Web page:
Their young core is still in place and the rotation was the best in the MLB last season. Theo Epstein did as close to a perfect job of architecting this team as he could have. With the talent and potential of this team, they should be good for years to come.

The Cardinals surprised many last season by missing out on the playoffs for the first time since 2010. There was plenty of talent on the roster and the team won 86 games, but the rest of the league was very good. Dexter Fowler was a very good outfield addition, but the team is extremely young and has built a good core. Facing the Cubs 16+ times is daunting, but if they can hold their own, they could slip back into the playoffs.

The Pirates took a step back in 2016, putting together their first losing record since 2013. They ranked around in the middle in both pitching and offense, but once again, the NL Central is a tough division. Andrew McCutchen is declining and there isn’t much reliable pitching behind Gerrit Cole. I imagine the Pirates will have an average season without much hope for a playoff spot.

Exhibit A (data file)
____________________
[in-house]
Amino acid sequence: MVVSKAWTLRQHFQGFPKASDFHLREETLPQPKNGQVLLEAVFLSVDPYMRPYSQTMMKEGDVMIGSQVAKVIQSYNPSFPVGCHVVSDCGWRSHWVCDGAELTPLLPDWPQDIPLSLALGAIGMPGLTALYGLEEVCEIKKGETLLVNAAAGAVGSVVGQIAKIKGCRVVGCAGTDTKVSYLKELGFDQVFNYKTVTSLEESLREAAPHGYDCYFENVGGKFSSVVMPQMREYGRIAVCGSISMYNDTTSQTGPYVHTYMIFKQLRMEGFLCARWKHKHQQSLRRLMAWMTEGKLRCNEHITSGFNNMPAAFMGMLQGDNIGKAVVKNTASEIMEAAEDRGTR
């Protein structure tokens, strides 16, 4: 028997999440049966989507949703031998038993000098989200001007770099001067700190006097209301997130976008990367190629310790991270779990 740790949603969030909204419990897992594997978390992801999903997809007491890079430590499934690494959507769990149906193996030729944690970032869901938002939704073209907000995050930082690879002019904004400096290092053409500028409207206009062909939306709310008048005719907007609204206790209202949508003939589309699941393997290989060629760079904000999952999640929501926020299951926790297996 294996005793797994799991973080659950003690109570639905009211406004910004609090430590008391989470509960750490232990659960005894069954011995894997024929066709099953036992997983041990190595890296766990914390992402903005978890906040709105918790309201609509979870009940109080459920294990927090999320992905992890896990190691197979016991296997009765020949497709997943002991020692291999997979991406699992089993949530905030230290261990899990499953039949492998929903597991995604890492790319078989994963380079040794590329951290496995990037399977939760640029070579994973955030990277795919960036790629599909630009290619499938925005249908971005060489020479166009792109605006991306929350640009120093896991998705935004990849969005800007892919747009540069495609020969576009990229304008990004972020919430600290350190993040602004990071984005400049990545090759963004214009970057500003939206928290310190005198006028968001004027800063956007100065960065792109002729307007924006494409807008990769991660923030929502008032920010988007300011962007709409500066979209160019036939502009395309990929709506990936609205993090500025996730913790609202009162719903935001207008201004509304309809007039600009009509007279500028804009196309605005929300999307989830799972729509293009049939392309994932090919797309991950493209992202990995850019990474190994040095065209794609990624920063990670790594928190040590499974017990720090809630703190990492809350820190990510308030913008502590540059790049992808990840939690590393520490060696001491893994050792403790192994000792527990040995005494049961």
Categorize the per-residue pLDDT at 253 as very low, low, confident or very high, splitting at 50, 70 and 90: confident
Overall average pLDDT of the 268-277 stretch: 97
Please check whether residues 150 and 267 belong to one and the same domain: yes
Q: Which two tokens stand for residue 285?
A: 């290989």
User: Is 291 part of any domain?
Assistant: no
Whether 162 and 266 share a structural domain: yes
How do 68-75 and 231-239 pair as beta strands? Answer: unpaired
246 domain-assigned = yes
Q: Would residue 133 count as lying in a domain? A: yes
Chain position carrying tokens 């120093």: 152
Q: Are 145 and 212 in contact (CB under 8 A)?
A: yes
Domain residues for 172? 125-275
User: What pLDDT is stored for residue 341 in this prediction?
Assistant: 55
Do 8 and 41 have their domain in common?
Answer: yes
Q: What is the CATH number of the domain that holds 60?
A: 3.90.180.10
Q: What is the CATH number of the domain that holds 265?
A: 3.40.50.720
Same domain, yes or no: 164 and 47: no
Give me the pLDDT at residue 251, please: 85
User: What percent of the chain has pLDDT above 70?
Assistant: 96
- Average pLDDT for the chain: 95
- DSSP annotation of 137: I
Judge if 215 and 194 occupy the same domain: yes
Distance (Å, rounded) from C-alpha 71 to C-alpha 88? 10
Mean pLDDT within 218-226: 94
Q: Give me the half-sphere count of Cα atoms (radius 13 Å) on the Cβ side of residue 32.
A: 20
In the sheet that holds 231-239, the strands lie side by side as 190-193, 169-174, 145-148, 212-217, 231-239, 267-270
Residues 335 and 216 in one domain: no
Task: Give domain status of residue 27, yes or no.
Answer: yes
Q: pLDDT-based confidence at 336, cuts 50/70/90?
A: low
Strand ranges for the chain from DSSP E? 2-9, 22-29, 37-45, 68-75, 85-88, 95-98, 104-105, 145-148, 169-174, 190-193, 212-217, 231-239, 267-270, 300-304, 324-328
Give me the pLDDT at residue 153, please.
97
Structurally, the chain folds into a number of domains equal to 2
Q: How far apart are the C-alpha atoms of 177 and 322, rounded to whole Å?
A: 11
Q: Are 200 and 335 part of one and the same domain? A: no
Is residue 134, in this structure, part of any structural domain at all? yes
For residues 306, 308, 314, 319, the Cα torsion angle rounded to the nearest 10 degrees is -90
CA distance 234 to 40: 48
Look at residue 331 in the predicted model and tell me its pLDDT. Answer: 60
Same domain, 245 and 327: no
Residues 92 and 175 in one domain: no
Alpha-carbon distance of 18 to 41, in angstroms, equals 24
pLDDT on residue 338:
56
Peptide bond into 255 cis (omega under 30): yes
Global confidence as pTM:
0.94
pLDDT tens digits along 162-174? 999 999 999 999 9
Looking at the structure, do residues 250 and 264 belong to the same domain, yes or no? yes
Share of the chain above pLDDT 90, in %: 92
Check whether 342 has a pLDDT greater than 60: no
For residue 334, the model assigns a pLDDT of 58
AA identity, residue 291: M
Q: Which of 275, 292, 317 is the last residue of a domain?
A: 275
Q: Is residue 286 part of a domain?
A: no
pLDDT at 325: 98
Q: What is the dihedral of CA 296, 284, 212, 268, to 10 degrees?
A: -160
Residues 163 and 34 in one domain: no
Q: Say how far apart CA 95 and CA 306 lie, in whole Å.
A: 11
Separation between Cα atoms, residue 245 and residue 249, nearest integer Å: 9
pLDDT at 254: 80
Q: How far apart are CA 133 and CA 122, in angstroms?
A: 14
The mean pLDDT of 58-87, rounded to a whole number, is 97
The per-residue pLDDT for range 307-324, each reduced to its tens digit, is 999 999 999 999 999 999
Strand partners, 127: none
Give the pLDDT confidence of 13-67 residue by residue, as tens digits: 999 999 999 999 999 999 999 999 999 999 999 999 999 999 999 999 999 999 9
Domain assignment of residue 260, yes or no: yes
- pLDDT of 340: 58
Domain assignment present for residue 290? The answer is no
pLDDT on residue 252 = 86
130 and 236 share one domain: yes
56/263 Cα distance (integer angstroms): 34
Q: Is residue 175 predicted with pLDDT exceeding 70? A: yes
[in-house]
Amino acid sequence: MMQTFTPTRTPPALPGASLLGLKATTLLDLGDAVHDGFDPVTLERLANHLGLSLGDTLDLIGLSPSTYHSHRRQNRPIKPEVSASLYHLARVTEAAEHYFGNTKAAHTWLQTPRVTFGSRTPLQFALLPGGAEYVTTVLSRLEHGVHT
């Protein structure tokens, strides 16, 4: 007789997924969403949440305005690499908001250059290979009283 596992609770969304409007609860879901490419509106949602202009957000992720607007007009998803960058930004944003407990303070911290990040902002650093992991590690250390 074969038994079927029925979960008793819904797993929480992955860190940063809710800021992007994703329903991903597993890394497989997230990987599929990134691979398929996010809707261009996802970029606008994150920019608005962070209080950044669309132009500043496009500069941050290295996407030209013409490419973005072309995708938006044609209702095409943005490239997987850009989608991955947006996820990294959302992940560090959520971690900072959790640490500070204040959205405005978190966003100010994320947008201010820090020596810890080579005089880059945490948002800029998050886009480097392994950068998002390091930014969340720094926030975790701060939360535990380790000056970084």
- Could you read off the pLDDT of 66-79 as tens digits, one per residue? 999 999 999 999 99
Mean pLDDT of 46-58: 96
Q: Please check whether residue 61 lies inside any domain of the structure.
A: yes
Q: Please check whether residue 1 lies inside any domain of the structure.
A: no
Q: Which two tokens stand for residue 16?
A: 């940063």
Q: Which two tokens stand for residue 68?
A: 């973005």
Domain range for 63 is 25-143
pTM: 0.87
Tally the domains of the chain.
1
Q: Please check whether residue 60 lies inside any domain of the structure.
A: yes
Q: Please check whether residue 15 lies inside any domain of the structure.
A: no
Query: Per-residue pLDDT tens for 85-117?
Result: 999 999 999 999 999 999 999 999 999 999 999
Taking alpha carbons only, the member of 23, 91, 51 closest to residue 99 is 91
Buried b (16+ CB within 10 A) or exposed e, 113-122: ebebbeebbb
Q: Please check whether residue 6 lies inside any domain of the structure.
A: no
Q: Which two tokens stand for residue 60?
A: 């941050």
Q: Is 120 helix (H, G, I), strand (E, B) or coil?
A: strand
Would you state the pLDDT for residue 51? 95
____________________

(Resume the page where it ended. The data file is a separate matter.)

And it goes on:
The Brewers were a quietly good team last year. Even with a lack of talent and experience, Craig Counsell led his team to a 73-89 record. I expect them to improve by a few wins given the addition of Travis Shaw and the added development of Orlando Arcia and Jonathan Villar.

The Reds are in the midst of a rebuild, which isn’t a surprise to anybody. Joey Votto and Brandon Phillips will most likely be the next men out of Cincy. The Reds have tons of holes on at the major league level but have an above-average farm system. A total rebuild will mean shipping off the remaining stars they have on their roster.

National League West

Mandatory Credit: John Hefti-USA TODAY Sports

Standings Prediction:

  1. San Francisco Giants
  2. Los Angeles Dodgers
  3. Colorado Rockies
  4. Arizona Diamondbacks
  5. San Diego Padres

Overview:

The Giants were one of the best teams in all of the major leagues during the first half of last season but then crumpled in the second. Injuries riddled their team and the bullpen was one of the worst, historically.